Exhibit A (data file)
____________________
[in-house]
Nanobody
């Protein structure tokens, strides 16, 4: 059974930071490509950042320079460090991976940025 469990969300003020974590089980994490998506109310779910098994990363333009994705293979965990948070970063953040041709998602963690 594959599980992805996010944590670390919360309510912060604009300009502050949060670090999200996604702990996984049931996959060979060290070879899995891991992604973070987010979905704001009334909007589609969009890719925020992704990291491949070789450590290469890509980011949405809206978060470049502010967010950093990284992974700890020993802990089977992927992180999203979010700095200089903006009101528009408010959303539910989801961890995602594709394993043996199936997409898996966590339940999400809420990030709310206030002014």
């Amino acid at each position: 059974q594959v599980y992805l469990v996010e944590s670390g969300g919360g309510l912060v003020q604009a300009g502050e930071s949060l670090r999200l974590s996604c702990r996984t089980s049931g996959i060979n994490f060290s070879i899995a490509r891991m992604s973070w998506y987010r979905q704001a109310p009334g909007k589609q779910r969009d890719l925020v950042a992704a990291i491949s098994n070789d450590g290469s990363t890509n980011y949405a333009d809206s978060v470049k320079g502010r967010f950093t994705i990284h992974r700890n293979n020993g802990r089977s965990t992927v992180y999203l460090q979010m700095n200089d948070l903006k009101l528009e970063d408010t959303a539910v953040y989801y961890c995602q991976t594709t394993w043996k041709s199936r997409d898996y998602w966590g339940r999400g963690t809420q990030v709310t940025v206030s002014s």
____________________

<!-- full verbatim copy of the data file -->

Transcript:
[in-house]
Nanobody
């Protein structure tokens, strides 16, 4: 059974930071490509950042320079460090991976940025 469990969300003020974590089980994490998506109310779910098994990363333009994705293979965990948070970063953040041709998602963690 594959599980992805996010944590670390919360309510912060604009300009502050949060670090999200996604702990996984049931996959060979060290070879899995891991992604973070987010979905704001009334909007589609969009890719925020992704990291491949070789450590290469890509980011949405809206978060470049502010967010950093990284992974700890020993802990089977992927992180999203979010700095200089903006009101528009408010959303539910989801961890995602594709394993043996199936997409898996966590339940999400809420990030709310206030002014």
């Amino acid at each position: 059974q594959v599980y992805l469990v996010e944590s670390g969300g919360g309510l912060v003020q604009a300009g502050e930071s949060l670090r999200l974590s996604c702990r996984t089980s049931g996959i060979n994490f060290s070879i899995a490509r891991m992604s973070w998506y987010r979905q704001a109310p009334g909007k589609q779910r969009d890719l925020v950042a992704a990291i491949s098994n070789d450590g290469s990363t890509n980011y949405a333009d809206s978060v470049k320079g502010r967010f950093t994705i990284h992974r700890n293979n020993g802990r089977s965990t992927v992180y999203l460090q979010m700095n200089d948070l903006k009101l528009e970063d408010t959303a539910v953040y989801y961890c995602q991976t594709t394993w043996k041709s199936r997409d898996y998602w966590g339940r999400g963690t809420q990030v709310t940025v206030s002014s």